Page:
Woman who found unconscious surfer at Ocean Beach: I did what I thought was right
Editor’s Note: Often, journalistic coverage of tragic events consists of little more than cold facts, a quick blip of sirens and flashing lights. But it’s important to remember that these events have significant and long-lasting impacts — on their victims, and the victims’ friends and family, and also on witnesses and people who try to help. These stories can be difficult to read or hear, but they’re an important part of the full story behind every such tragedy. On Wednesday Jonathan Luhn, a surfing instructor from San Jose, died in a surfing incident at Ocean Beach. The official cause of his death has not been determined. Luhn’s friends remembered him as a spiritual, giving man who surfed regularly. The Ocean Beach Bulletin’s Mark Lukach talked with Dawn Williams, who found Luhn in the water and pulled him onto the beach, about what happened that day. — Tom Prete
Ocean Beach Bulletin: How are you doing?
I’m OK. It’s been an emotional roller-coaster.
OBB: Can you tell me what happened on Wednesday?
It was around 1 p.m., and I was at the beach. I used to live on La Playa years ago with my husband, but moved to the East Bay. I come back to the city to see the same dentist that I’ve been seeing for a while, so I was in the city. And whenever I come to the city, I go to the beach with my dog. I am always drawn to the beach. It feels like coming home.
I was coming back from Fulton with my English bull terrier, and was throwing the ball to my dog around Balboa Street, and saw something flailing in the water. It took me a second to realize that it was a person. I rushed out there to try and help. He was on his back and the waves kept hitting him.
OBB: How far out did you go?
About 80 feet. I touched him and he was very cold. I checked for vitals while I pulled him into shore, and could not find them.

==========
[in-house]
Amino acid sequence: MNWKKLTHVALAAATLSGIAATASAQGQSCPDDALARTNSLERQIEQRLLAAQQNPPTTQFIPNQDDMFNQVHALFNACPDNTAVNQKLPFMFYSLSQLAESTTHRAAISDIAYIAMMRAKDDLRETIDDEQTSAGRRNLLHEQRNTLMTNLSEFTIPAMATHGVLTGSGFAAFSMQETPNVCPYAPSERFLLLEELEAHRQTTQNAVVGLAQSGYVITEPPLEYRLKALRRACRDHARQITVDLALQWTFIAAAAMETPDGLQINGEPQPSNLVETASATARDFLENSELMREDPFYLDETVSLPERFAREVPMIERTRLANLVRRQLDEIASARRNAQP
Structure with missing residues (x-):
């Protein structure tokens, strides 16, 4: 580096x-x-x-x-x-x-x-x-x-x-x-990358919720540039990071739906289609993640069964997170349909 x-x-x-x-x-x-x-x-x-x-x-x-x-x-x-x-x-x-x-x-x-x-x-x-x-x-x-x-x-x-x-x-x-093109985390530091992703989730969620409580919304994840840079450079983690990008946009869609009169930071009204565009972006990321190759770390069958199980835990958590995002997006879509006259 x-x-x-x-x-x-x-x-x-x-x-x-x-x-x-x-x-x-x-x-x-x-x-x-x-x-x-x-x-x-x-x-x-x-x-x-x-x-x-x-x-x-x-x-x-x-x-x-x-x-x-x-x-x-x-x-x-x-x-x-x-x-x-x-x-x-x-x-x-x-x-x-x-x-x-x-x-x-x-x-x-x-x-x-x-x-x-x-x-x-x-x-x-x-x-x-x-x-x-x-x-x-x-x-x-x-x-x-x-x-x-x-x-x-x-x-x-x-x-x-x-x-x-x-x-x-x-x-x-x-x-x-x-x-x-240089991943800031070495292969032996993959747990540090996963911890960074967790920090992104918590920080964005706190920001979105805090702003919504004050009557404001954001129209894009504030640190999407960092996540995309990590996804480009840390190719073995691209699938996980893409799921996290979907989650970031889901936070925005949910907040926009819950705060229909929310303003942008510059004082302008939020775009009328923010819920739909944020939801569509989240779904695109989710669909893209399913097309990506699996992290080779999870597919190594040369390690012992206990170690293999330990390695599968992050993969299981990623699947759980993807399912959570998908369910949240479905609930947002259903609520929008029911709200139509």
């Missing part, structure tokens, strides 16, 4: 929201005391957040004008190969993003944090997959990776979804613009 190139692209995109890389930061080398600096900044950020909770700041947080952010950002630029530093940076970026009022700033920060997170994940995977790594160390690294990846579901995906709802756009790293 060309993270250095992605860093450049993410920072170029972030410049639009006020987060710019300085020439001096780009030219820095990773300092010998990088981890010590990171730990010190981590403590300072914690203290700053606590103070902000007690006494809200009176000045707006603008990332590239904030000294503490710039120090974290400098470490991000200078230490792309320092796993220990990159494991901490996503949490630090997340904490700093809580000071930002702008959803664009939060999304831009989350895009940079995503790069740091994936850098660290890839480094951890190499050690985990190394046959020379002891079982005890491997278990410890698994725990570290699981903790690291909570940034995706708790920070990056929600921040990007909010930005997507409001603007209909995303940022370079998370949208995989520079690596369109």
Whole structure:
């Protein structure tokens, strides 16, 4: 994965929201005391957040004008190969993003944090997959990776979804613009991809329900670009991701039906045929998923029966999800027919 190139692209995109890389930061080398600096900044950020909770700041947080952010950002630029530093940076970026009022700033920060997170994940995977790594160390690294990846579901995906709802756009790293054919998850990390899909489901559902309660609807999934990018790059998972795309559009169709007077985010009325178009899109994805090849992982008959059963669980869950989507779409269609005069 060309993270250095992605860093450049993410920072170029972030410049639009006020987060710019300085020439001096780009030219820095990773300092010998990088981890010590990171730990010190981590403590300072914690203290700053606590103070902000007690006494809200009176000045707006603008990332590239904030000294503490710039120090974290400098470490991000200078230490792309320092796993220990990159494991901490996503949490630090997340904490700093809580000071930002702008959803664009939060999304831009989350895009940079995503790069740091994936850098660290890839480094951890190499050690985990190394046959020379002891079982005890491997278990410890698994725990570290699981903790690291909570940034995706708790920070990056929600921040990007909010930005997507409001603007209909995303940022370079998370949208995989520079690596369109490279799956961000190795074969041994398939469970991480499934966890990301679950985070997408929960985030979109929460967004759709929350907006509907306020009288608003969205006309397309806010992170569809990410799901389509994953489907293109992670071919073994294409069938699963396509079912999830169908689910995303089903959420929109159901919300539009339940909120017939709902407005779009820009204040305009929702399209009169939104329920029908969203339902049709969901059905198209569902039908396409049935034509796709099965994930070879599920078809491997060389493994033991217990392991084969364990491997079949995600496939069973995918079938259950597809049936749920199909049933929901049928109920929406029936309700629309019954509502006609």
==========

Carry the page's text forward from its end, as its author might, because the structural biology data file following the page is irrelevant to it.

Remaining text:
OBB: Are you CPR certified?
No, not currently, but I was a lifeguard for many years, and half my family works in the medical field. I know how to check for vitals, and the “30-2″ of CPR. By the time I got to him, I think he was already gone. I saw no injuries, no signs of bleeding.
OBB: What happened when you got him to the beach?
I looked around for someone to call for help. There was not a lot of people on the beach, and the nearest lady was about 100 yards away. I screamed to her to call 9-1-1, and went back to try and help. Another guy showed up, and we moved him up the beach.
OBB: Did you administer CPR?
No, just as we got him up the beach the lifeguard truck showed up, and they took over. They did CPR for about five minutes until the ambulance showed up, and then they tried again for another 15 minutes before taking him away.
OBB: What were you doing?
Just standing there, in shock.
OBB: Did anyone talk to you?
Yeah, the lifeguards were thanking me for helping out, but then they all just left and I had to drive back to the East Bay by myself. It was a terrible drive.
OBB: Did you see his surfboard?
Yes, I removed the leash from his ankle.
OBB: Why did you go out into the water?
I did what I thought was right. It felt right.
OBB: There are a lot of people online thanking you for what you did. How does that feel?
It feels nice. You know, I used to ride on a paramedic team, this was years ago, and about two weeks ago, my husband was telling me I should get back into it. After this, I want to do it even more.
OBB: Have you heard of drownings at Ocean Beach before?
Yeah, plenty. I used to live out here, remember. I heard about them a lot.
Anything else you want to say?
Yeah, I want to say I’m real sorry to his family and the people that will miss him. I really feel for them.